“Non-essential” is the negation of “essential.” Something is essential if it is necessary or definitionally inherent, as determined by the context in which essentiality is being ascribed. For instance, to say that a trait is essential to a species is to say that this is not merely something that may be found within some members of that species (like brown eyes or being six feet tall), but rather that an entity may not be described as a member of that species at all, in the strictest sense, if it does not possess that trait, either actively or latently. (For an example of what I mean by “either actively or latently,” we may say that rationality is an essential human characteristic, even if no one is actively using his rational faculty at this or that moment.)
Thus, to say that a thing or activity is non-essential is to say that it is neither necessary nor definitionally inherent to the context or situation in question.
In sum, then, the statement “Protesting is a non-essential activity” must be understood to mean that expressing political dissent falls among those willed behaviors that are neither necessary nor definitionally inherent (whether actively or latently) to…to what?
The question here, one not explicitly answered in the government’s statement, is: What is the context in relation to which political dissent is being judged non-essential? Everything depends on this implied context. For example, we might reasonably say that expressions of political dissent are non-essential to the world of sartorial fashion, inasmuch as holding or asserting a position of political disagreement is in no way definitionally inherent in the realm of clothing design, production, or display.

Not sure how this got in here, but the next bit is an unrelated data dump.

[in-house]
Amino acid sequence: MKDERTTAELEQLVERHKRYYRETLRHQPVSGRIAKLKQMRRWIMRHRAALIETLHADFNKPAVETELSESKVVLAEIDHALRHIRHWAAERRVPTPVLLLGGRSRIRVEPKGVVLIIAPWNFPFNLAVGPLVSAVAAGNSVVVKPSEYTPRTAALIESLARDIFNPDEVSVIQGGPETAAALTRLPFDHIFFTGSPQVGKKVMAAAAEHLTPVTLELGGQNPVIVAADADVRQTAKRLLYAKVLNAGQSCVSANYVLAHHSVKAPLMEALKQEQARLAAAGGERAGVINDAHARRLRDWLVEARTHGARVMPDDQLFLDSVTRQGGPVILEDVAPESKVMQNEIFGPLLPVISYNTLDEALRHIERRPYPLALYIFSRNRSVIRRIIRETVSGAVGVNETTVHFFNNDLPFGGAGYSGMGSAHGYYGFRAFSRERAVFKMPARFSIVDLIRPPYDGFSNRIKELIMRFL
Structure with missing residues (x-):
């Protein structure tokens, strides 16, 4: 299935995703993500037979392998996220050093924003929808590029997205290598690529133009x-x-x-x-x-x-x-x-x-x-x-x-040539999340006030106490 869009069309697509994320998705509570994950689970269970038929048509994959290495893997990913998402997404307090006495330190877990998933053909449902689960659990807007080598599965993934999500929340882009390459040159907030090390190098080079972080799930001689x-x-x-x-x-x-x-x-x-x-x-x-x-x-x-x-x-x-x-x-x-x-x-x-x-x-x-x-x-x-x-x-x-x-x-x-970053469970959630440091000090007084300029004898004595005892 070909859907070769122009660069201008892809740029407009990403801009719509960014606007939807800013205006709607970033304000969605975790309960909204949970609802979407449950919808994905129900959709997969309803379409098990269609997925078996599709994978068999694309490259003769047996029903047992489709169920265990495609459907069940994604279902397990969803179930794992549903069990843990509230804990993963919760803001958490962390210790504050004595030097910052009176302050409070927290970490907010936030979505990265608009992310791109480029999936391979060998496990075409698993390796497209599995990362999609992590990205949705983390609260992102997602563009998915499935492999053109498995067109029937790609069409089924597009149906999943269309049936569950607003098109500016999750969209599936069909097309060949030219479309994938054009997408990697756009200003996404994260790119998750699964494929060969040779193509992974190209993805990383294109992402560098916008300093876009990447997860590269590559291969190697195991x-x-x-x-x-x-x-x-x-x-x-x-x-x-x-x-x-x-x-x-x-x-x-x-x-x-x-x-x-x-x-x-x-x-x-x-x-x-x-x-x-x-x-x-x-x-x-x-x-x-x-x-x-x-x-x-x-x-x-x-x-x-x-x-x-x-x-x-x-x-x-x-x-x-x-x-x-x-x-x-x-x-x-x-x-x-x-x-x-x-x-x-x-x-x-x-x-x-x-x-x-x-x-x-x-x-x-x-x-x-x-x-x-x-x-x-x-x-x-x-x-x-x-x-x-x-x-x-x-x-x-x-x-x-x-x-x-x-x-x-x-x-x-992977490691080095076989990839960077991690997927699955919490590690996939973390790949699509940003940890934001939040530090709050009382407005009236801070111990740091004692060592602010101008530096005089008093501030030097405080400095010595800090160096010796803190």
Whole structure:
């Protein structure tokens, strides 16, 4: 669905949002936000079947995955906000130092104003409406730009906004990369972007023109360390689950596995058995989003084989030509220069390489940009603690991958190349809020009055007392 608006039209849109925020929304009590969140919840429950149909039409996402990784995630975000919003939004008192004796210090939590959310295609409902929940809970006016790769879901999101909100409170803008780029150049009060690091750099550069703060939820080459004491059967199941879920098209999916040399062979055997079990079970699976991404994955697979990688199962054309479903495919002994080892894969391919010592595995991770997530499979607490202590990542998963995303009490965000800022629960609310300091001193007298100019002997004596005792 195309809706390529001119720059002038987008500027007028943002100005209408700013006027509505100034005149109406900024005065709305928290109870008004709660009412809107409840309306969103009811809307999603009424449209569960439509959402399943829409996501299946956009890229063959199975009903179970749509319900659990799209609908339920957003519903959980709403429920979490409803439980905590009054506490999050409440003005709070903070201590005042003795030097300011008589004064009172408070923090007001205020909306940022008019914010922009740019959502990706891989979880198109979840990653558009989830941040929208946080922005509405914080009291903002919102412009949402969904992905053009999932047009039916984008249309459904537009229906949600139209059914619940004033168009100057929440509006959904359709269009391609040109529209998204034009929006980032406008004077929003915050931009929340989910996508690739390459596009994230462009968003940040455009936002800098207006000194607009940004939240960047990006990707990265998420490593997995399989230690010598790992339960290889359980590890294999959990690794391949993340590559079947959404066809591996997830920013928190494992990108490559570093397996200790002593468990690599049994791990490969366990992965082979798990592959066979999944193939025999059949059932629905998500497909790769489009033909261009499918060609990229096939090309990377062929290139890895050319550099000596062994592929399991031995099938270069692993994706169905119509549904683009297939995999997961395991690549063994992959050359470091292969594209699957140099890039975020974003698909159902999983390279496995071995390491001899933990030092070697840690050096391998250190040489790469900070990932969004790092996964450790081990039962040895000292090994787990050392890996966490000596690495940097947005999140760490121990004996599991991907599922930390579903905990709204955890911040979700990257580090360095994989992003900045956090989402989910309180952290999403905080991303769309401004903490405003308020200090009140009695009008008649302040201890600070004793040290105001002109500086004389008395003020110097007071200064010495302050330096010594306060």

The statement currently in question, however, is coming from the police, who are citing as their authority a government mandate regarding a declared state of emergency within their jurisdiction. And the activity they are judging non-essential is precisely an activity related to public disapproval of that same government mandate. That is to say, the context is fundamentally political, in the strictest sense of the word, i.e., related to the system, methods, and execution of governance or political rule within a community.
It is therefore in this specifically and strictly political context that the Raleigh police are saying, with the full authority of the government of North Carolina, that “protesting is a non-essential activity,” meaning that the active or latent expression of disapproval with government policy is not a necessary or definitionally inherent feature of a properly functioning political community.
In other words, following the above analysis, the official position of the government of North Carolina is that the actual or potential expression of political dissent is not essential to political life.
Now, what kind of political community would define itself in such a way as to exclude the expression of political dissent from its essence? What kind of governing authority sees the direct outlawing of active dissent — sending in the police to arrest (peaceful) protesters against state policy on the grounds that public political assembly itself is a violation of the law — as an unproblematic manifestation of its proper mandate? And what kind of society allows the state itself to define and redefine, on its own authority, the terms according to which political dissent as such, i.e., the expression of disagreement with the government, may be permissible?
That we are even reduced to asking such questions — and not even with regard to California or New York, but North Carolina — is evidence of how far down the memory hole has fallen the last tattered remnant of America as founded.
Who says grammar isn’t fun?